Navy coach Cindy Timchal, in her 35th season as a Division I head coach, said the possession clock "doesn't come without a lot of angst," but that it's necessary to grow the sport.

"It's something that like in basketball where the women were the first to put in a really fast shot clock to pick up the pace and keep the game exciting," Timchal said. "That's what we're looking for. People don't want to watch teams just holding the ball."

At first, most coaches and players thought 90 seconds would never be enough time to set up a high-percentage shot. Loyola Maryland coach Jen Adams, the first Tewaaraton Award winner (in 2001) who still holds NCAA Division I records for points in a season and in a career 16 years after graduating from Maryland, was skeptical, too.

Adams is a member of the rules committee that used plenty of research to come up with the 90-second length, including videos of many games supplied by Stefanie Sparks Smith, the committee's rules editor.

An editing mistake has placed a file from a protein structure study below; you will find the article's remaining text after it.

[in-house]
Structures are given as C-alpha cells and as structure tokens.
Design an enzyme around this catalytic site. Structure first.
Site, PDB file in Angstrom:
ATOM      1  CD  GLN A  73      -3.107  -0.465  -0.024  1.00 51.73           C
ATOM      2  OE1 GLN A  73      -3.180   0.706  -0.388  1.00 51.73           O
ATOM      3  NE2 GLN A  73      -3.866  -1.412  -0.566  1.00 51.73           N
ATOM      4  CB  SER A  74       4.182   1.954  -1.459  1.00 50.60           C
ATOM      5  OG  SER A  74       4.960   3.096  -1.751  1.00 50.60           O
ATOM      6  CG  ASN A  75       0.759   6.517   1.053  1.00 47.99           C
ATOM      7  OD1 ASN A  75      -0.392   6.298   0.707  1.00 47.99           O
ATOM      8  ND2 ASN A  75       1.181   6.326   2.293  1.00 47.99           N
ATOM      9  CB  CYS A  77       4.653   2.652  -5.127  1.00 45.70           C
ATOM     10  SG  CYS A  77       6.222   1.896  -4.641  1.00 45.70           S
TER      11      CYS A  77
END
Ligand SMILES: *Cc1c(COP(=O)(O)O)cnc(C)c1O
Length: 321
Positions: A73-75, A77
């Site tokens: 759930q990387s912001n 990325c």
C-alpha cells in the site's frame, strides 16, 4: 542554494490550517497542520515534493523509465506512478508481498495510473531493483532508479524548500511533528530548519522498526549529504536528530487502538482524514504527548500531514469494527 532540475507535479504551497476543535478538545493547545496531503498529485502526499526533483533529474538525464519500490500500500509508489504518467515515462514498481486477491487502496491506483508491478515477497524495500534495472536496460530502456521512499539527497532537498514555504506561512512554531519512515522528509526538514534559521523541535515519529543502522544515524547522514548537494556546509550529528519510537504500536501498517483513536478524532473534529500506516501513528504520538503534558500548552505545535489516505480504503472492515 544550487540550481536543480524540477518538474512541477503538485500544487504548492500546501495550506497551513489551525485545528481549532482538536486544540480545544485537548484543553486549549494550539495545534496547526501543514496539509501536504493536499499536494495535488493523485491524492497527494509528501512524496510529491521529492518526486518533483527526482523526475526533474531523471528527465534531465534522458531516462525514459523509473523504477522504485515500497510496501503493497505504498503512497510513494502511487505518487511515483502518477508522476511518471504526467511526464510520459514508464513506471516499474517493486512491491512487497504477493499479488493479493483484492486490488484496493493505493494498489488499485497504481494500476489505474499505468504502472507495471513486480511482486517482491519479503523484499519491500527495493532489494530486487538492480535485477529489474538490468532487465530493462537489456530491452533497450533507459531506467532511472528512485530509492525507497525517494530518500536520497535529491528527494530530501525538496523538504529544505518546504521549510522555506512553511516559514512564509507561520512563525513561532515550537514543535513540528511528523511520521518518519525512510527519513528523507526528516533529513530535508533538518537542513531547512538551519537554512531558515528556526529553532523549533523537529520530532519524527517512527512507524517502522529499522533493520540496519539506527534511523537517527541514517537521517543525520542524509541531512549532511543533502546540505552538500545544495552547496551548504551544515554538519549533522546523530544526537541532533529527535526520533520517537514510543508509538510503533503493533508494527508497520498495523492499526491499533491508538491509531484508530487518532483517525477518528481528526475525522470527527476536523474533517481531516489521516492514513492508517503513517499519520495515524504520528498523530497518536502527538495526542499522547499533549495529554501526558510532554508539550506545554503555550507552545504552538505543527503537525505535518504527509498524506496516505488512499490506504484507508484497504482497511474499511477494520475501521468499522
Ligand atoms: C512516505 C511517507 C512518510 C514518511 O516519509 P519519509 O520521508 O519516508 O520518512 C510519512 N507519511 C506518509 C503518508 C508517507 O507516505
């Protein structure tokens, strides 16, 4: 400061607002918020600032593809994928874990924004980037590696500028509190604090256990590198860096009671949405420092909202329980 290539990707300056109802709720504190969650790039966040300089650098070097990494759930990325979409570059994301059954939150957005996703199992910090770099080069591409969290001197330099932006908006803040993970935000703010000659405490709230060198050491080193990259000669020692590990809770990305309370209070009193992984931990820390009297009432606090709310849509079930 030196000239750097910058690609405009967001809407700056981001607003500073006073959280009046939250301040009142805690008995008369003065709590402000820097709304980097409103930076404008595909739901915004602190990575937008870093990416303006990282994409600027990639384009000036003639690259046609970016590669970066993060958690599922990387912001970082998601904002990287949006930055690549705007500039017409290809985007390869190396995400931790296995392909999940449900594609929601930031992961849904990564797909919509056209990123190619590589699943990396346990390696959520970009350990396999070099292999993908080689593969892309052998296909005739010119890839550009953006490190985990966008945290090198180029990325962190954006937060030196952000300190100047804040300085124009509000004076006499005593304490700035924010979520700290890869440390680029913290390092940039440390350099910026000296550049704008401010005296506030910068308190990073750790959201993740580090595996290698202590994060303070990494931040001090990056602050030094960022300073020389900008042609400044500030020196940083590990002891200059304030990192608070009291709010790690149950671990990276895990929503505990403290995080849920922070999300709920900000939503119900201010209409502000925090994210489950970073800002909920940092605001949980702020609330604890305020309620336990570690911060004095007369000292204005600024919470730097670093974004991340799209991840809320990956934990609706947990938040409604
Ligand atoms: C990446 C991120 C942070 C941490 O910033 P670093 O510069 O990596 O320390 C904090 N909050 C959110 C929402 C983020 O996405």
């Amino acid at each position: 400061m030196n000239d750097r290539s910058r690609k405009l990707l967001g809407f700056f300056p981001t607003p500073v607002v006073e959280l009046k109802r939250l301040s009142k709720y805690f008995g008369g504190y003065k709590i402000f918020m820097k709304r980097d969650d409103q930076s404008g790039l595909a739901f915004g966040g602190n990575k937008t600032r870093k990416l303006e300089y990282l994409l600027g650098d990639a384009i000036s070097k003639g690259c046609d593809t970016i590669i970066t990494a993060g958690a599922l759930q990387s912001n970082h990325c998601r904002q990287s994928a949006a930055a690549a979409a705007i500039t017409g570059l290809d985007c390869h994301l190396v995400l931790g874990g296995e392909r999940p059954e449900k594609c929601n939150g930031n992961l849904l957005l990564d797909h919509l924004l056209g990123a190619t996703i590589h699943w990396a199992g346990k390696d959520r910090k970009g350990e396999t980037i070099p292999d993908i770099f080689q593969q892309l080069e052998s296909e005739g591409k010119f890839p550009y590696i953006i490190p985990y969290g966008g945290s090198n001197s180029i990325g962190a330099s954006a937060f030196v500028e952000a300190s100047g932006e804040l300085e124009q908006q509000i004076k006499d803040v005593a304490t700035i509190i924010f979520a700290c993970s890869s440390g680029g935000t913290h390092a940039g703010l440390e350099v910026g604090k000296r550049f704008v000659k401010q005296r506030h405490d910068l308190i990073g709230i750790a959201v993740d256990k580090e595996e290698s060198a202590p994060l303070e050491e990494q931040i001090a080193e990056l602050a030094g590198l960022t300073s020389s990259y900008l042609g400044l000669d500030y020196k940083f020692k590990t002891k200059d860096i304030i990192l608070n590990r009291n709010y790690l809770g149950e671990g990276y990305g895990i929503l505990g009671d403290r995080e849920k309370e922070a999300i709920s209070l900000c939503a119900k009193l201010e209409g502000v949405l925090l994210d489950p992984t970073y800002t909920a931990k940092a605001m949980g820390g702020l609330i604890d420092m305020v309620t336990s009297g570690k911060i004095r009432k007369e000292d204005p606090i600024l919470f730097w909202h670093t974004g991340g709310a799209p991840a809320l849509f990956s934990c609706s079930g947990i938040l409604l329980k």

"We went through a ton of footage and 90 seconds actually is well above the average of typical possession throughout the past three years of games that have been played both at the championship level and at the regular-game level," Adams said. "It was neat for me to see that kind of research. People were like, 'There's no way. Ninety seconds is too quick,' and things like that and it's not so bad after all."

Megan Whittle, the All-American junior who led Maryland in scoring last season, agrees.

"When we first started playing with it, we would be rushing a lot of shots or taking the first shot and then we'd realize we still have 50 seconds on the shot clock," the McDonogh graduate said. "I think the fall went really well getting used to it, but at the same time it's pretty much the same lacrosse principles — everyone can get a touch, let's take our time, but take the smart shot."

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While players and coaches got used to the 90-second possession time in fall ball, they never had to manage it in critical situations. Nobody's playing to win in the fall, so everyone still has a lot to learn about strategizing those final minutes in a close game that counts.

Teams have to be careful not to panic when the clock runs down. When they can't get a good shot, they might have to turn it over intentionally — send the ball to the corner and set up their ride. Coaches don't want to see their players forcing a dangerous shot to beat the clock.